In general, a great transit service costs only a little more than a mediocre system. But at least some of the additional costs are recovered by attracting more customers with additional fares paid.
"Think Outside the Cage"
Our buses and trains never stop running, although there is reduced service on some holidays and at weekends. When there are big events, extra buses and trains run to move large numbers of people.
Smug, bicycle-riding, car-bashing, public transport-using zealot.
A dozen years ago, my son was playing in the Oregon Open chess tournament, the largest chess tournament in the state and a qualifier for the state championship. On day one, he played a nice gentleman who happened to be in his mid-70s. On day two, as I drove my son to the playing site (on the far edge of town along the freeway), we passed this same half-blind gentleman as he was walking to the tournament. Since he was going to be late, we pulled over and gave him a ride. He relies on the bus to get where he needs to be and the bus does not run on Labor Day weekend, which is when this tournament is played. Faced with the choice of walking five miles over hills on 55 mph roads or skipping his favorite tournament, he chose to walk. I admire his pluck, but such a choice is the result of a complete failure on the part of our unelected public transit board, none of whom depend on the bus as their primary means of transportation.
Badly-behaved cyclists are usually just cyclists with inadequate infrastructure. Or none at all. - Mikael Colville-Andersen
Very soon, I'll have to get used to a new bus route. I've enjoyed the one I've used over the past 10 months, for the most part. Hopefully the new one will be just as good. The fact that the stop is only a couple hundred metres away is a good start ... and, of course, partly why we picked that particular house.
However, one issue is that the buses on the new route run a little bit less frequently ... so I'll have to make sure not to miss it!
And as an aside ... the model train show today was at the transport museum, so of course we strolled around the museum too. Mostly trains ... and of course, all out of service now ... I wish passenger trains would increase in popularity again.
I live in the land of SEPTA. The closest bus stop is over a mile away and not simple to get to, especially in winter. It does not run very early or late (9 pm is the last inbound trip from closest rail station), and on saturday the last trip is around 5 pm, no service sunday or holidays. Pretty useless unless you like waiting or not going at all. All of the rail lines run on about hourly schedules, with some gaps. A few more trains run in the "rush hour" peak times AM and PM. Service on rail lines has definitely gotten worse in the last 3 years, and a bus trip i used to use to get home from train on one specific trip is now cut far back and does notreach the train station, and the next bus after that is the last one of the night. Several trains have been cut back on the doylestown branch (i sometimes use SEPTA to go between newtown and doylestown). So, combining the cut back trains and the cut back bus, a 2 hour trip gets turned into a 4.5 hour trip, and that's if everything is running on time.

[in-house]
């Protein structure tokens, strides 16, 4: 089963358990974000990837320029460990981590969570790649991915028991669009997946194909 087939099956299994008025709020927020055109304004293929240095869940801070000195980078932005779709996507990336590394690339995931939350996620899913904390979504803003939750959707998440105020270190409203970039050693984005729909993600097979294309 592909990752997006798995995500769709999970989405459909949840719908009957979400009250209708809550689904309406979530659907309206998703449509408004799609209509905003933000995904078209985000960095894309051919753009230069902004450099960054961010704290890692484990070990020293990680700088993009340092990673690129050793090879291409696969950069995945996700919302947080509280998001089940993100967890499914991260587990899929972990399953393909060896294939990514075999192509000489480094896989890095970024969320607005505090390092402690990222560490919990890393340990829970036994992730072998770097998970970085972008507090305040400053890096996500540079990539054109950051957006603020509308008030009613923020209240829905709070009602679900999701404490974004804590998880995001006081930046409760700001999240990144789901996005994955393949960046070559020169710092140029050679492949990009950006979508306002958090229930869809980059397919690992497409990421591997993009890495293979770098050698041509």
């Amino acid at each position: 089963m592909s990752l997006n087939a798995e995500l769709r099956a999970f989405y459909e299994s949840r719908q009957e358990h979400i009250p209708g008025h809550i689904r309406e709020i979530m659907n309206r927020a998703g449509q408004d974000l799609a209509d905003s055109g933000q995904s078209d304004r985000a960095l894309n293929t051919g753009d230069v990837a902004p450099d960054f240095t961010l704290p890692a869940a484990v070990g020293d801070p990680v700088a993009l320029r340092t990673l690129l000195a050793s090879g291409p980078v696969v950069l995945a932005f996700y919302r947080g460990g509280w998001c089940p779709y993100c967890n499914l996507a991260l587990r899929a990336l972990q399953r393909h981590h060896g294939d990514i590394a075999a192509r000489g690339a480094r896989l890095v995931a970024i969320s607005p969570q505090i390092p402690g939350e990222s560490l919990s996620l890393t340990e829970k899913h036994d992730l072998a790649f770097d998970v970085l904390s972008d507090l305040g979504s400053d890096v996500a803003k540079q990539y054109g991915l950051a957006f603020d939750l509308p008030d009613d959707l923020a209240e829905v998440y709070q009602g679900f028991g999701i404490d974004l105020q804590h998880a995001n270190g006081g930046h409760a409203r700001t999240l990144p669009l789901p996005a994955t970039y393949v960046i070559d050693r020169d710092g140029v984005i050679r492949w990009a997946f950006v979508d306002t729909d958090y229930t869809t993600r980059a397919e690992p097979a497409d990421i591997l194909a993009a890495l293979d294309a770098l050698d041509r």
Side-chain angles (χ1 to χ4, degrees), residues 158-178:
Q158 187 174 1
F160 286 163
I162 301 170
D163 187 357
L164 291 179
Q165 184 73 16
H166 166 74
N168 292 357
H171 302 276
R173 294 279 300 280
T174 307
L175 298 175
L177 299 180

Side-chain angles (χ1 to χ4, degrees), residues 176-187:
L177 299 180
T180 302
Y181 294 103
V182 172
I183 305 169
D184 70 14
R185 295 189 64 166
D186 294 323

There is an unfunded bus route directly between newtown and doylestown that would actually run feet from my house, but i doubt it will ever actually see funding. It would cut that 3 hour one way trip (4.5 back if you miss that train) down to an hour at most. A 6 hour round trip into a 2 hour round trip not funded, yep, that's SEPTA.
I can't wait for the next pint of good chocolate milk after a long ride.
So ... I've been using the new bus route for a little while now. I walk through a treed school-yard/reserve overlooking the bay, listening to the birds singing, on my way to my bus stop. The route is longer than my previous route, but has some nice views along the way. If I get one of the good drivers, we sail into the city ... if I get one of the less skilled drivers the trip isn't quite as pleasant. Fortunately, I've had more good drivers than not.
The route home has been a bit more of a challenge ... it's taken me a few tries to find a bus that works for me. Today, I somehow managed to catch a bus that took me along one of the local beaches. That was nice. I'll have to see if I can catch that one again.
I usually just read on the bus, since I don't have to worry about getting off at the right stop. But I always make sure I'm looking out the window when we cross the Willamette River. Pretty stuff.
Falls City, OR
1993 Rocky Mountain Fusion
2012 Fargo 2
I live on the Maryland side of D.C. and use the Metro Bus, Montgomery County's Ride On bus system, and the Metro rail when adverse weather prohibits a bike ride. I think $4.55 is the highest combination I pay for a one way trip to downtown D.C. where I work. On the low end it's about $3.85 per trip. A trip take about an hour and ten minutes to an hour and twenty minutes depending on whether it's a weekday or a weekend and if I connect to a bus or a train. Bicycling the route takes forty-five minutes, a disappointing forty-three if I push it. Public transportation in D.C. sometimes catches a bad rap, and not entirely without reason, but I think it is a great system. It certainly is easier to be car free when it is accessible. Today for example they were predicting three inches of rain and had issued flood warnings. Although it hasn't turned out that bad, it still would have been a very soggy commute.
People are broad-minded. They'll accept the fact that a person can be an alcoholic, a dope fiend, a wife beater and even a newspaperman, but if a man doesn't drive, there's something wrong with him.